Outbreak of Salmonella Infections Linked to Karawan brand Tahini

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June 13, 2019 at 9:30 AM ET

CDC, public health and regulatory officials in several states, and the U.S. Food and Drug Administration (FDA)external icon are investigating a multistate outbreak of Salmonella Concord infections linked to Karawan brand tahini imported from Israel.

Advice to Consumers, Restaurants, and Retailers
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At A Glance
Photo of a Karawan product label.
  • Do not eat, sell, or serve tahini that is labeled as “Karawan Tahini”, “El-Karawan Tahini”, or “SoCo Tahini”. Do not eat, sell, or serve products made with this tahini, such as hummus.
  • On June 10, 2019, Brodt Zenatti Holdings LLC of Jupiter, Fla., recalledexternal icon bulk Karawan brand tahini sold in 3 kg (106-ounce) buckets.
  • On May 20, 2019, Brodt Zenatti Holding LLC recalled SoCo Brand tahini.
  • On May 15 2019, Brodt Zenatti Holding LLC recalledexternal icon Karawan brand tahini because it might be contaminated with Salmonella. This recall was expanded on May 17, 2019.
  • Retailers and restaurants should not use any of the Karawan or SoCo brand tahini. Retailers and restaurants should throw the product out and sanitize any surfaces that may have come in contact with recalled tahini or products made with recalled tahini.
  • Consumers should not eat any Karawan or SoCo brand tahini, throw it away. Throw out any food you made with recalled Karawan or SoCo brand tahini. Even if some tahini was eaten and no one got sick, do not eat it.
    • Wash containers that held foods made with Karawan or SoCo brand tahini with hot, soapy water or clean in the dishwasher.
    • Wash surfaces that came into contact with Karawan or SoCo brand tahini with hot, soapy water.
  • Contact a healthcare provider if you think you got sick from eating Karawan or SoCo brand tahini products.
Latest Outbreak Information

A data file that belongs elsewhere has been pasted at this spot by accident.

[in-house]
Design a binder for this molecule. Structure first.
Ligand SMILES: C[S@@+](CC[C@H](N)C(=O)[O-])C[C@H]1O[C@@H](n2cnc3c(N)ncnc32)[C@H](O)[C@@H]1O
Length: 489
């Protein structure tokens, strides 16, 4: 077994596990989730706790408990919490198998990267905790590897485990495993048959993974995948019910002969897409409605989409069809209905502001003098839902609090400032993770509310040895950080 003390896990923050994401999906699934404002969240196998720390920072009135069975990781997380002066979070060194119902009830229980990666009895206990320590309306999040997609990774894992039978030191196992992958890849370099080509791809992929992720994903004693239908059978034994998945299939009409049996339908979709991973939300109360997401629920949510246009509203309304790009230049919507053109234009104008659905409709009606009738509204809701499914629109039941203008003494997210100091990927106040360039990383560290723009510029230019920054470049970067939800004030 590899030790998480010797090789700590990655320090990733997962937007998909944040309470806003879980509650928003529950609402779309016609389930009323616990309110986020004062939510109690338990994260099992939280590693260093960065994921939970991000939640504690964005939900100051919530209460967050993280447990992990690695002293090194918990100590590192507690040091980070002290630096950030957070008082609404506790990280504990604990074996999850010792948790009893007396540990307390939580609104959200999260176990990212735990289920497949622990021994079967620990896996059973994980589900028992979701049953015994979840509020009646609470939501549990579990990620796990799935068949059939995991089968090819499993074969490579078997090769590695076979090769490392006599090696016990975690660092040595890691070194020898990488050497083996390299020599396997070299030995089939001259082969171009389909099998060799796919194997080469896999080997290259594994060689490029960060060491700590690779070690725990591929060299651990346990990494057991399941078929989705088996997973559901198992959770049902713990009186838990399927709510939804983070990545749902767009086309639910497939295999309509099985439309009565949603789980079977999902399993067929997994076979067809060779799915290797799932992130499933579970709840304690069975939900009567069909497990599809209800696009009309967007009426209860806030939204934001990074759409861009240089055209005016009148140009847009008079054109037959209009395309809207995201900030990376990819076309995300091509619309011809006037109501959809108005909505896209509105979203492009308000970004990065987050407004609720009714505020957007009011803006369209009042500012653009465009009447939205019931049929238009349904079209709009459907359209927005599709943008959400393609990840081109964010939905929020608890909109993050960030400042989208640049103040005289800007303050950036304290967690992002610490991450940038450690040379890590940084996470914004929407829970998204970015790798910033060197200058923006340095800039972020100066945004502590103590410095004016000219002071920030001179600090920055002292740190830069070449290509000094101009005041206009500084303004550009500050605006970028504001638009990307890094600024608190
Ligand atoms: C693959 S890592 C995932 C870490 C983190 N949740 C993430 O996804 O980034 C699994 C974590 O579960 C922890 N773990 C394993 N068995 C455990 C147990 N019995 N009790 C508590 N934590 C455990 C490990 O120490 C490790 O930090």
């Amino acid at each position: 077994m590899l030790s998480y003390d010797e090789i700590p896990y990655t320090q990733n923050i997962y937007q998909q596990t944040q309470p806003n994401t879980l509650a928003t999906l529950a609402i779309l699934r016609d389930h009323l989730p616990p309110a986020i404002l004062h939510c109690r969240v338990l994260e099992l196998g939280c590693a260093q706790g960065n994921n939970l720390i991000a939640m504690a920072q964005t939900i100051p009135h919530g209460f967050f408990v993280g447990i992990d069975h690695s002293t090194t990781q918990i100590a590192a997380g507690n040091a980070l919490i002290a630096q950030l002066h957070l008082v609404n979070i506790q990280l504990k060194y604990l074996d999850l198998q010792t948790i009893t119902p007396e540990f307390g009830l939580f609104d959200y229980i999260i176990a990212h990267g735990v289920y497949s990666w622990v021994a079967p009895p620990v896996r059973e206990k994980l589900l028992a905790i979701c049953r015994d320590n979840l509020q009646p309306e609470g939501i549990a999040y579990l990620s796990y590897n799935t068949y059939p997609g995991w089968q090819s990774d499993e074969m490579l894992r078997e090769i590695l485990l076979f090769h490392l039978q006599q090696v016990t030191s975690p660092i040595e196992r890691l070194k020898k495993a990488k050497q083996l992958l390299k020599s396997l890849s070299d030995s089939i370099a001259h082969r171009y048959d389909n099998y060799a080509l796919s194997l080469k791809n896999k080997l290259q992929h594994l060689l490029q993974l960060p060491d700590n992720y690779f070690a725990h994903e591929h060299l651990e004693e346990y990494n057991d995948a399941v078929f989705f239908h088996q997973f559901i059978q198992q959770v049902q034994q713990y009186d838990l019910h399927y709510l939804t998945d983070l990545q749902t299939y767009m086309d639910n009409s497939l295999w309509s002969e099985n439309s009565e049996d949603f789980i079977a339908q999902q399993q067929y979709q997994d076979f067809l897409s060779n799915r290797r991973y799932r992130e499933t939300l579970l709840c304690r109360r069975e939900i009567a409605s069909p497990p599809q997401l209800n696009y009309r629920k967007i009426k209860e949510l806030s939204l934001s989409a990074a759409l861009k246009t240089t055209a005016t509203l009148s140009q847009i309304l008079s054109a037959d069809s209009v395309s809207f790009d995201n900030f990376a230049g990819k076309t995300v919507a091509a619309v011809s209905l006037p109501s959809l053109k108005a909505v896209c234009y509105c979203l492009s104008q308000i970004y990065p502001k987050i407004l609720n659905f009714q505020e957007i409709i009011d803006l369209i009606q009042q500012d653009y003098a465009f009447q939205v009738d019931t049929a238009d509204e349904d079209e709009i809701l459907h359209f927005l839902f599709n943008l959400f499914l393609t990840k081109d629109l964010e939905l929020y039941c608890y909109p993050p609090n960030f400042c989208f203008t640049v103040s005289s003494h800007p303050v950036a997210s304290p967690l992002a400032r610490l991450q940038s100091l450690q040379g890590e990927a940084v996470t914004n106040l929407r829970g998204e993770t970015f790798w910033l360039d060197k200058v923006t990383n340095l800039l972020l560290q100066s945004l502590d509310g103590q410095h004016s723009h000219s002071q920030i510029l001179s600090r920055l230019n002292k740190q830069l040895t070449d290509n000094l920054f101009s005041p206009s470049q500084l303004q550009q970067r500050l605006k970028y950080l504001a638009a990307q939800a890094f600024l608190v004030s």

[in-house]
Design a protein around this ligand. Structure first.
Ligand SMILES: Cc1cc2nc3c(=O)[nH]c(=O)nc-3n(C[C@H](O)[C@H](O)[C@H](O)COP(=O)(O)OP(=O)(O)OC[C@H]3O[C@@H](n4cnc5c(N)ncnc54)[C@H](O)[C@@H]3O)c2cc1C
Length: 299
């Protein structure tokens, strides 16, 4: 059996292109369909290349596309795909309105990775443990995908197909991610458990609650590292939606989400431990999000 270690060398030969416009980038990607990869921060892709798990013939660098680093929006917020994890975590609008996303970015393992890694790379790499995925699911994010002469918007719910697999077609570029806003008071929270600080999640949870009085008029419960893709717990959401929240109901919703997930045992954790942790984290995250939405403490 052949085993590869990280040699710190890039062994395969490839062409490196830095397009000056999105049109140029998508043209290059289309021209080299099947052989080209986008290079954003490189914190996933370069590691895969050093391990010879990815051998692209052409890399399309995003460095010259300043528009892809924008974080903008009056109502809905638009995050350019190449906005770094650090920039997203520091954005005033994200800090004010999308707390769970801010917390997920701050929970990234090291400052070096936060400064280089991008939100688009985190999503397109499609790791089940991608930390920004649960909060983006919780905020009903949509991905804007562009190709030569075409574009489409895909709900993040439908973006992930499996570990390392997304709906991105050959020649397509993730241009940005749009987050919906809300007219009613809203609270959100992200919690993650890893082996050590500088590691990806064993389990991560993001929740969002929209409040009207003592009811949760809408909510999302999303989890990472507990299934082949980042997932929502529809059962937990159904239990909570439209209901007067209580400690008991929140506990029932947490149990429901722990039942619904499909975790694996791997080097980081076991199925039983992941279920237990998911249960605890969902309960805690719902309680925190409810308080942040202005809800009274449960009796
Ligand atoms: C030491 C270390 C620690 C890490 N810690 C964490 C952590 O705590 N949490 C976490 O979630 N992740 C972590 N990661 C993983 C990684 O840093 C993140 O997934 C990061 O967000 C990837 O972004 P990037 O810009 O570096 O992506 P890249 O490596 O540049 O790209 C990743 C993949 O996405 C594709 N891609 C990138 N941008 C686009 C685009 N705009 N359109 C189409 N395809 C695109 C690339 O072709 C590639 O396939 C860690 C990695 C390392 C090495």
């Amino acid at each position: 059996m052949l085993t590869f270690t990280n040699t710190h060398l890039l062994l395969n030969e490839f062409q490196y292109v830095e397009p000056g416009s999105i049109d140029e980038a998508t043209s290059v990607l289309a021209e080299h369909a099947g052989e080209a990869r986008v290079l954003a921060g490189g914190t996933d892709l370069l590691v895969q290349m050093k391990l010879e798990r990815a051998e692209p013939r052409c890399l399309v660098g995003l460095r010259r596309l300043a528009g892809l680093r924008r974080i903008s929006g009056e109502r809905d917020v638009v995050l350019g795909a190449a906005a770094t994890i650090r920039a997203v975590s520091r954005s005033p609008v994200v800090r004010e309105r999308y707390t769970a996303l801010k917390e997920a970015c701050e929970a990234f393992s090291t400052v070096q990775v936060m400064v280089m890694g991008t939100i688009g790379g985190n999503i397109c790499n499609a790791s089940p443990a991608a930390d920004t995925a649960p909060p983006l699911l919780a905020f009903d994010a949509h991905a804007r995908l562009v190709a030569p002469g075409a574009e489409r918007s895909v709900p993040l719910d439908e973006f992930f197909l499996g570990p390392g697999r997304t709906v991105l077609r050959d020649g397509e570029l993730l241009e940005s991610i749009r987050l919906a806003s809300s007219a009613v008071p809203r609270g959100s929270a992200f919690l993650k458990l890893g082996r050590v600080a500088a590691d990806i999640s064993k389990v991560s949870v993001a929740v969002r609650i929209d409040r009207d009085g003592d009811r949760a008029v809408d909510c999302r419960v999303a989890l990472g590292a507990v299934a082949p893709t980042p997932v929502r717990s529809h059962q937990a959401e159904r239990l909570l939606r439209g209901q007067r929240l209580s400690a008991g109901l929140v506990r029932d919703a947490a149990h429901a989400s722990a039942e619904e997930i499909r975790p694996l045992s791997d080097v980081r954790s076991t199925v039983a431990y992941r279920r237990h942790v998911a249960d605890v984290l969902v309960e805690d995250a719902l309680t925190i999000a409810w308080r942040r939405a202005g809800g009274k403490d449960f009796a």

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  • Four people infected with the outbreak strain of Salmonella Concord have been reported from three states.
    • Illnesses started on dates ranging from March 9, 2019, to March 23, 2019.
    • One hospitalization and no deaths have been reported.
  • Epidemiologic, traceback, and laboratory evidence indicates that Karawan brand tahini products are the likely source of this outbreak.
  • On May 15, 2019, Brodt Zenatti Holdings, LLC of Jupiter, Fla., recalledexternal icon tahini labeled as “Karawan Tahini” or “El-Karawan Tahini” because it might be contaminated with Salmonella.
    • On May 20, 2019, Brodt Zenatti Holding LLC of Jupiter, Fla. recalled SoCo Brand tahini.
  • This outbreak is not related to a recent multistate outbreak of Salmonella Concord infections linked to tahini. Ill people in the previous outbreak were infected with a different outbreak strain of Salmonella Concord.
  • This investigation is ongoing, and CDC will provide updates when more information is available.
Symptoms of Salmonella Infection
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  • Most people infected with Salmonella develop diarrhea, fever, and abdominal cramps 12 to 72 hours after being exposed to the bacteria.
  • The illness usually lasts 4 to 7 days, and most people recover without treatment.
  • In some people, the illness may be so severe that the patient needs to be hospitalized. Salmonella infection may spread from the intestines to the bloodstream and then to other places in the body.
  • Children younger than 5 years, adults older than 65 years, and people with weakened immune systems are more likely to have a severe illness.
Investigation Details